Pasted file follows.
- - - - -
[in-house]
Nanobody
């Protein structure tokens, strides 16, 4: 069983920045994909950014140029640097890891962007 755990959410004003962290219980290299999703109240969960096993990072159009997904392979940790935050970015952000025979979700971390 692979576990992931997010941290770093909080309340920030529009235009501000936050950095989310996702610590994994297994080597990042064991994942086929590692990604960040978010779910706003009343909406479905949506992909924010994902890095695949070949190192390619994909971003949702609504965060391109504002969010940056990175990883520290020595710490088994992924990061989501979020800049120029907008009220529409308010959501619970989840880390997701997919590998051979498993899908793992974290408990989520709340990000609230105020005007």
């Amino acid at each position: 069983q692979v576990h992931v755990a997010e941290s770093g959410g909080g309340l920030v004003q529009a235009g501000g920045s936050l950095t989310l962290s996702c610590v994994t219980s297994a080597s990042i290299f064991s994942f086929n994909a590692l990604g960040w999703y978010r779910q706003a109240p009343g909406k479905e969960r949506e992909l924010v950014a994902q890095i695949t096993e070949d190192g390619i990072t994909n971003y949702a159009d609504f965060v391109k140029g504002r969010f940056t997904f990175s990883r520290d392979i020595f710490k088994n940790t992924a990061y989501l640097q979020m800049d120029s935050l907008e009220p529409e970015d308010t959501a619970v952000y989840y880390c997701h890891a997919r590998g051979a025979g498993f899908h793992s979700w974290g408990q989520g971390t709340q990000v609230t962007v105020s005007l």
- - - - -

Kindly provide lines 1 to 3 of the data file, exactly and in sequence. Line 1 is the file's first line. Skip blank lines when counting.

[in-house]
Nanobody
């Protein structure tokens, strides 16, 4: 069983920045994909950014140029640097890891962007 755990959410004003962290219980290299999703109240969960096993990072159009997904392979940790935050970015952000025979979700971390 692979576990992931997010941290770093909080309340920030529009235009501000936050950095989310996702610590994994297994080597990042064991994942086929590692990604960040978010779910706003009343909406479905949506992909924010994902890095695949070949190192390619994909971003949702609504965060391109504002969010940056990175990883520290020595710490088994992924990061989501979020800049120029907008009220529409308010959501619970989840880390997701997919590998051979498993899908793992974290408990989520709340990000609230105020005007």